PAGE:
I have a thriving career in advocacy mostly because I cannot mind my own business. I carry around so much weight that isn’t mine and some therapy sessions are spent discussing problems that aren’t mine. I count myself lucky – I not only get to make a decent living from my passion, I get to groom my soul. I remain given to convictions of mindfulness even though the world has forgotten how to care. I was asked to give a TEDx talk on “Reframing Nigeria through the recognition of history, social consciousness and citizens participation.”  I obliged without a thought. This is one of the highlights of the year.

This year, I tried and failed, I tried and won. You win some and lose some, right? I am learning that I am the loud waves of the ocean both soothing and sweeping, I am the clapping of the thunder with the ability to announce impending rain or be used to strike and smite.

2018 was the year of 30 and the universe came through with self-awareness, I took it a step further and tried self-acceptance. I am learning that I do not have to live on a spectrum avoiding happiness. I am learning that situations do not stay the same and my ability to be both fire and water will take me far but not as far as fluency in French will.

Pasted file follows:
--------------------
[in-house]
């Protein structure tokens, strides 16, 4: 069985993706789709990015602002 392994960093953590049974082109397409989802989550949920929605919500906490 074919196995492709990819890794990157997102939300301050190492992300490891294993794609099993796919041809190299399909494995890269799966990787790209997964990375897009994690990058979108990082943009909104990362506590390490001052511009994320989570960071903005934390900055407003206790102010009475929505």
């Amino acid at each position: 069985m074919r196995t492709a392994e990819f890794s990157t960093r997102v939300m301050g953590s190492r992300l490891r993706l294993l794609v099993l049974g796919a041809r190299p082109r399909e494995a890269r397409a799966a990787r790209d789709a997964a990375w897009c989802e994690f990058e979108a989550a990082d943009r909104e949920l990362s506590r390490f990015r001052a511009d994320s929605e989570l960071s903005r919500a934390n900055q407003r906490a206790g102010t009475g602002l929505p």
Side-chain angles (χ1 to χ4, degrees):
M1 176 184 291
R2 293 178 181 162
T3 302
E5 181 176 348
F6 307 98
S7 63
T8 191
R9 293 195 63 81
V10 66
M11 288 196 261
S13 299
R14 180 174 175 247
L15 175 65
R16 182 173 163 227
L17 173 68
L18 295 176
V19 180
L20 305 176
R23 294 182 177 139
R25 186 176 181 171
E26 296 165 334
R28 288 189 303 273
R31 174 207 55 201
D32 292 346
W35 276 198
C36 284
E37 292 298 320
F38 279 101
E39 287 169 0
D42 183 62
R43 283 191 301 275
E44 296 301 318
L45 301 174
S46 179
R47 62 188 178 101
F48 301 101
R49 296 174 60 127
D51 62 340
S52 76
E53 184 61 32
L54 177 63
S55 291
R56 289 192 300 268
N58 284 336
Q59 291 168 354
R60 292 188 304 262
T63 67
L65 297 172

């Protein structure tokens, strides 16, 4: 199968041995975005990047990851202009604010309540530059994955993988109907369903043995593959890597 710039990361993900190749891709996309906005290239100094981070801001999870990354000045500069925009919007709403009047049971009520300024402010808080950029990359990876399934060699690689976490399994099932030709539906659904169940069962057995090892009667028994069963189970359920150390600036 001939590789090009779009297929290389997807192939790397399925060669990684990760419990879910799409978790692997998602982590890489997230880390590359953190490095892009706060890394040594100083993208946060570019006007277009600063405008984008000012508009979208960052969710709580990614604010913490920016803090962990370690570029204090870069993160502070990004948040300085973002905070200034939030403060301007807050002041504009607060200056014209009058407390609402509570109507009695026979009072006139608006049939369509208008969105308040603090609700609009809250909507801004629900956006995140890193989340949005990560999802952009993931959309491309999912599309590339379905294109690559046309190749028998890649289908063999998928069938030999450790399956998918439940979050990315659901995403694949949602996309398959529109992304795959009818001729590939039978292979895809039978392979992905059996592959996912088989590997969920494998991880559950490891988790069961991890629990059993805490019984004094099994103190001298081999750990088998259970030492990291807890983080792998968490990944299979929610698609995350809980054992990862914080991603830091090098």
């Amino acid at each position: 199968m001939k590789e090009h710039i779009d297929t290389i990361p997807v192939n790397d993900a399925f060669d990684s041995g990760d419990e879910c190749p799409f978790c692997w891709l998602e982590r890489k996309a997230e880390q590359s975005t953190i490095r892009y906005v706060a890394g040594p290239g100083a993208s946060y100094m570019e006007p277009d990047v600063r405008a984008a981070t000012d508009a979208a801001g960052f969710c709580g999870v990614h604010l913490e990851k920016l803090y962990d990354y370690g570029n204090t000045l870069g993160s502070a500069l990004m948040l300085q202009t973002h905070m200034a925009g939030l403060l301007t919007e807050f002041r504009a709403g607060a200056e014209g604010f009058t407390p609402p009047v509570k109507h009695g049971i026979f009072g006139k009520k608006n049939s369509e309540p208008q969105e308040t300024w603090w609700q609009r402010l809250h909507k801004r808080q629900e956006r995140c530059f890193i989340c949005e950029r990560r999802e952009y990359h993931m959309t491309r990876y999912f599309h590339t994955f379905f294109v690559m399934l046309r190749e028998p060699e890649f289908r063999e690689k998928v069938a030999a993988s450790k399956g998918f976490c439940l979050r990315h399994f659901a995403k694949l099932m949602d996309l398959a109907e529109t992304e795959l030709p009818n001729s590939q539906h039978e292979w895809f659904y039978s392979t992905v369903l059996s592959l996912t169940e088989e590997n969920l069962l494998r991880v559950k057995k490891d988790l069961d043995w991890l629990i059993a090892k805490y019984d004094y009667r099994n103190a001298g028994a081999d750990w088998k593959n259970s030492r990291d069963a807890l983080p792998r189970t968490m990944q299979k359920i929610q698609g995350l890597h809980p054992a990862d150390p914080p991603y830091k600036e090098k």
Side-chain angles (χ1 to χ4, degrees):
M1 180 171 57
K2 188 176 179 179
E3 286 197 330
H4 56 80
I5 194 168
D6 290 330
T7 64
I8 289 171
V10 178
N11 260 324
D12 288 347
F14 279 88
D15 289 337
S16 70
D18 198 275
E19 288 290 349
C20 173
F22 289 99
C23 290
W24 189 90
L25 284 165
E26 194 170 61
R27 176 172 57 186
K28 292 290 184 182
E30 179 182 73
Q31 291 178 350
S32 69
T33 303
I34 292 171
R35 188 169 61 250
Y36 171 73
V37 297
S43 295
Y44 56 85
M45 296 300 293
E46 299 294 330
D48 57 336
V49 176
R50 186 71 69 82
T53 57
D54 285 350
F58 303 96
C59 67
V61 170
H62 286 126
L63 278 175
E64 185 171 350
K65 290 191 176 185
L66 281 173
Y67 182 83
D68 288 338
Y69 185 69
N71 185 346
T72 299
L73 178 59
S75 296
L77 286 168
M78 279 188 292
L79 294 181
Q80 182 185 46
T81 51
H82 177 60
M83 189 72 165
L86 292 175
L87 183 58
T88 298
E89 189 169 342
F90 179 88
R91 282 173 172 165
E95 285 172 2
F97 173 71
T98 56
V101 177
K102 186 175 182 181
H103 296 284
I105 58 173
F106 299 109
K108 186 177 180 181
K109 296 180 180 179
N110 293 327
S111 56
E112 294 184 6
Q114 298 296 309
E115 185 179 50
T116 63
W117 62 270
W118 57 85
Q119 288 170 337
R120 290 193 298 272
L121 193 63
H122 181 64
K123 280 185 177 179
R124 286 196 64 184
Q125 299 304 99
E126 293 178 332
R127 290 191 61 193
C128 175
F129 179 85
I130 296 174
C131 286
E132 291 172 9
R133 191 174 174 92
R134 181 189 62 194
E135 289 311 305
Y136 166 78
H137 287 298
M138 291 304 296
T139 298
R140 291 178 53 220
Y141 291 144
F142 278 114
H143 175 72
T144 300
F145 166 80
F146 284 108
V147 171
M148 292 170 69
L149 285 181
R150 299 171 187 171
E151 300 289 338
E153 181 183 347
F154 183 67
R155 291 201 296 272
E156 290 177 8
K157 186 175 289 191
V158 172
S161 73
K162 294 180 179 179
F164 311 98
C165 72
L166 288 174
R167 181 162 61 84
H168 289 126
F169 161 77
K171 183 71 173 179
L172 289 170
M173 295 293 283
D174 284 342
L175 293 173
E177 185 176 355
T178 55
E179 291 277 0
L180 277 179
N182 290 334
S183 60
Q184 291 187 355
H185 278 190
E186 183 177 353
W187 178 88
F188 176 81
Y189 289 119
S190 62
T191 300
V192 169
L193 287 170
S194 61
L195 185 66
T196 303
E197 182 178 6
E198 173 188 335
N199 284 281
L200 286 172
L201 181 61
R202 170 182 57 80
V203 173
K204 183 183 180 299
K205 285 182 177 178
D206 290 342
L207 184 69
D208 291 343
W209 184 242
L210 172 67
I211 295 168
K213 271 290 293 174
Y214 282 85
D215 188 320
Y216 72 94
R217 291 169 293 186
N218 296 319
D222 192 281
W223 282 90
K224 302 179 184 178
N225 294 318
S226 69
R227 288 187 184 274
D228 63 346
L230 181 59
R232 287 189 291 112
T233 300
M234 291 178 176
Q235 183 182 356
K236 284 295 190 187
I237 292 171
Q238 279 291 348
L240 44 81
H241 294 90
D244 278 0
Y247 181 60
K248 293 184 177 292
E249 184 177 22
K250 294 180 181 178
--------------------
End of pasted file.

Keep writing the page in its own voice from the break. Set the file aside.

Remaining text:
I deepened my work around sexual violence and how it affects women while consciously side-stepping pseudo feminist conversations on social media. People are wilfully ignorant, and I have lost the patience for futile conversations. While I continue the vigorous use of my block button on social media, I will keep running, working until our world humanizes women and other minority groups.

I didn’t read as much literature as I would have loved but I read some physics and it was refreshing knowledge. Apart from the fact that the laws of Thermodynamics are fucking great, studying and understanding physics re-engineered how I interact with learning and birthed an idea that will endure.